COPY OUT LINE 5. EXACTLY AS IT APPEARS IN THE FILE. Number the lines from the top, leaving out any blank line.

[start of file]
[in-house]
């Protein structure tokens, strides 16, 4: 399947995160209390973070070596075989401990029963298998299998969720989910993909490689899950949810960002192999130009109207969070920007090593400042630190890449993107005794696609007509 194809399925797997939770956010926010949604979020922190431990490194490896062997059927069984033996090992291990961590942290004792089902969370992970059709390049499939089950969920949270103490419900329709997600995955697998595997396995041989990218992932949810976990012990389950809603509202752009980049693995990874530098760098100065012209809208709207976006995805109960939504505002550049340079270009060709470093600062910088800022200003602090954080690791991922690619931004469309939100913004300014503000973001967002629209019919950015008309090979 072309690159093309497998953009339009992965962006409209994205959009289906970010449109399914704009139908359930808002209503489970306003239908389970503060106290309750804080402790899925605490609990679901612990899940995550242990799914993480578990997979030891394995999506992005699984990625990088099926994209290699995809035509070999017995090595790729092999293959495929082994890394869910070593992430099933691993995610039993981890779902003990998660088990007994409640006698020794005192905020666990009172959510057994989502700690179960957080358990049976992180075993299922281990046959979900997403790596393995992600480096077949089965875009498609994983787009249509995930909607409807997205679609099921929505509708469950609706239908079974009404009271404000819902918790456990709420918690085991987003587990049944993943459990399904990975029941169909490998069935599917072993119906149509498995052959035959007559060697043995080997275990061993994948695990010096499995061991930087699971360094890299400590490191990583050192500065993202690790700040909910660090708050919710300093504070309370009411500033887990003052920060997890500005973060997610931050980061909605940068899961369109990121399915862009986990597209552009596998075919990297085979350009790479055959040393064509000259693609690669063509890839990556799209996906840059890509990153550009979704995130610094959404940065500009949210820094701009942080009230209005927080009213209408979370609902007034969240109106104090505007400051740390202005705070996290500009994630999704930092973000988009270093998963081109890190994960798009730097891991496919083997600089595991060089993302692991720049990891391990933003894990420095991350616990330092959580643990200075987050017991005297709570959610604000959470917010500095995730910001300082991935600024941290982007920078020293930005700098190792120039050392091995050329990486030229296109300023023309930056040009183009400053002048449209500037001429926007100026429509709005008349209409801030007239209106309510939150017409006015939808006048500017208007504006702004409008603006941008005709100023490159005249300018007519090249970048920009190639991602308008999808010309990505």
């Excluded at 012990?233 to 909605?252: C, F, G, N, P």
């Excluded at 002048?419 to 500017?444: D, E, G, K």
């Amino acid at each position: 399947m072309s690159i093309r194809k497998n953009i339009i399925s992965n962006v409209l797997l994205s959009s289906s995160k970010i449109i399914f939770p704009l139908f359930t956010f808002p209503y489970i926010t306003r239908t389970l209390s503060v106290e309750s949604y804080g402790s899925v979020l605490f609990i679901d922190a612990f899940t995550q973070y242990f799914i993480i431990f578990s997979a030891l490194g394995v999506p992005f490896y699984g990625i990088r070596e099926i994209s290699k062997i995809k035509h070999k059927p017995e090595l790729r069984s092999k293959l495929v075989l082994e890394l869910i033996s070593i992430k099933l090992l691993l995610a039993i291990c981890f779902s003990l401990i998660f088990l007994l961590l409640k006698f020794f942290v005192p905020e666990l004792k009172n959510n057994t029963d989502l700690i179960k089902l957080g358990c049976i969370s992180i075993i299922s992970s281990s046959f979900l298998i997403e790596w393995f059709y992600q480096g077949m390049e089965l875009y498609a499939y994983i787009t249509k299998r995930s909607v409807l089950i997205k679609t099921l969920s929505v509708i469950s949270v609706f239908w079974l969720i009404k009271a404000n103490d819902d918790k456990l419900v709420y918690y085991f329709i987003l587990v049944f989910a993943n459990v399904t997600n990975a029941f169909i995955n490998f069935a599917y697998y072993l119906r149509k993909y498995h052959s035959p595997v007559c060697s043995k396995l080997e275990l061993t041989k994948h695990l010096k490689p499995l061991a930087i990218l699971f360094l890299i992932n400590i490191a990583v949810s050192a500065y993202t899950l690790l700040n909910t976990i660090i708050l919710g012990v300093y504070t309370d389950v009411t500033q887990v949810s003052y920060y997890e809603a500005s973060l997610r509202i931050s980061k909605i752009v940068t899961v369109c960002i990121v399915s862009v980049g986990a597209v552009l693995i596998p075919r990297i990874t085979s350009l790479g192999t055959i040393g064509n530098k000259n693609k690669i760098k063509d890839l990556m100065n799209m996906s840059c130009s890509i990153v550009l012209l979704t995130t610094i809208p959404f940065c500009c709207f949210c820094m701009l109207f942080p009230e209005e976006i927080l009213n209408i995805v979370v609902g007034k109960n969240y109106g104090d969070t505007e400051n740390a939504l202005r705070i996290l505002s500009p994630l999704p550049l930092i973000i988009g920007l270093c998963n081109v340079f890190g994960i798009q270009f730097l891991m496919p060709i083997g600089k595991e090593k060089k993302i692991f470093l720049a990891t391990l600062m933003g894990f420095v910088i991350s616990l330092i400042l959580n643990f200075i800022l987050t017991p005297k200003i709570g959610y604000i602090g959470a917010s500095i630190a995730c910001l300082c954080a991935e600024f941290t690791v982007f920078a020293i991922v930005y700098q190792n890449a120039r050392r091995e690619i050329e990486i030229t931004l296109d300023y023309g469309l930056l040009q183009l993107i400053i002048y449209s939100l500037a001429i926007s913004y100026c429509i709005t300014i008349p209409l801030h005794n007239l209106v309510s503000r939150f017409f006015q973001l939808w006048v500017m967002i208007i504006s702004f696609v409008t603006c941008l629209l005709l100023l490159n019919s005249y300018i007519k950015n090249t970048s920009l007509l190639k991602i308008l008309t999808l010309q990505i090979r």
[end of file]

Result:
């Amino acid at each position: 399947m072309s690159i093309r194809k497998n953009i339009i399925s992965n962006v409209l797997l994205s959009s289906s995160k970010i449109i399914f939770p704009l139908f359930t956010f808002p209503y489970i926010t306003r239908t389970l209390s503060v106290e309750s949604y804080g402790s899925v979020l605490f609990i679901d922190a612990f899940t995550q973070y242990f799914i993480i431990f578990s997979a030891l490194g394995v999506p992005f490896y699984g990625i990088r070596e099926i994209s290699k062997i995809k035509h070999k059927p017995e090595l790729r069984s092999k293959l495929v075989l082994e890394l869910i033996s070593i992430k099933l090992l691993l995610a039993i291990c981890f779902s003990l401990i998660f088990l007994l961590l409640k006698f020794f942290v005192p905020e666990l004792k009172n959510n057994t029963d989502l700690i179960k089902l957080g358990c049976i969370s992180i075993i299922s992970s281990s046959f979900l298998i997403e790596w393995f059709y992600q480096g077949m390049e089965l875009y498609a499939y994983i787009t249509k299998r995930s909607v409807l089950i997205k679609t099921l969920s929505v509708i469950s949270v609706f239908w079974l969720i009404k009271a404000n103490d819902d918790k456990l419900v709420y918690y085991f329709i987003l587990v049944f989910a993943n459990v399904t997600n990975a029941f169909i995955n490998f069935a599917y697998y072993l119906r149509k993909y498995h052959s035959p595997v007559c060697s043995k396995l080997e275990l061993t041989k994948h695990l010096k490689p499995l061991a930087i990218l699971f360094l890299i992932n400590i490191a990583v949810s050192a500065y993202t899950l690790l700040n909910t976990i660090i708050l919710g012990v300093y504070t309370d389950v009411t500033q887990v949810s003052y920060y997890e809603a500005s973060l997610r509202i931050s980061k909605i752009v940068t899961v369109c960002i990121v399915s862009v980049g986990a597209v552009l693995i596998p075919r990297i990874t085979s350009l790479g192999t055959i040393g064509n530098k000259n693609k690669i760098k063509d890839l990556m100065n799209m996906s840059c130009s890509i990153v550009l012209l979704t995130t610094i809208p959404f940065c500009c709207f949210c820094m701009l109207f942080p009230e209005e976006i927080l009213n209408i995805v979370v609902g007034k109960n969240y109106g104090d969070t505007e400051n740390a939504l202005r705070i996290l505002s500009p994630l999704p550049l930092i973000i988009g920007l270093c998963n081109v340079f890190g994960i798009q270009f730097l891991m496919p060709i083997g600089k595991e090593k060089k993302i692991f470093l720049a990891t391990l600062m933003g894990f420095v910088i991350s616990l330092i400042l959580n643990f200075i800022l987050t017991p005297k200003i709570g959610y604000i602090g959470a917010s500095i630190a995730c910001l300082c954080a991935e600024f941290t690791v982007f920078a020293i991922v930005y700098q190792n890449a120039r050392r091995e690619i050329e990486i030229t931004l296109d300023y023309g469309l930056l040009q183009l993107i400053i002048y449209s939100l500037a001429i926007s913004y100026c429509i709005t300014i008349p209409l801030h005794n007239l209106v309510s503000r939150f017409f006015q973001l939808w006048v500017m967002i208007i504006s702004f696609v409008t603006c941008l629209l005709l100023l490159n019919s005249y300018i007519k950015n090249t970048s920009l007509l190639k991602i308008l008309t999808l010309q990505i090979r």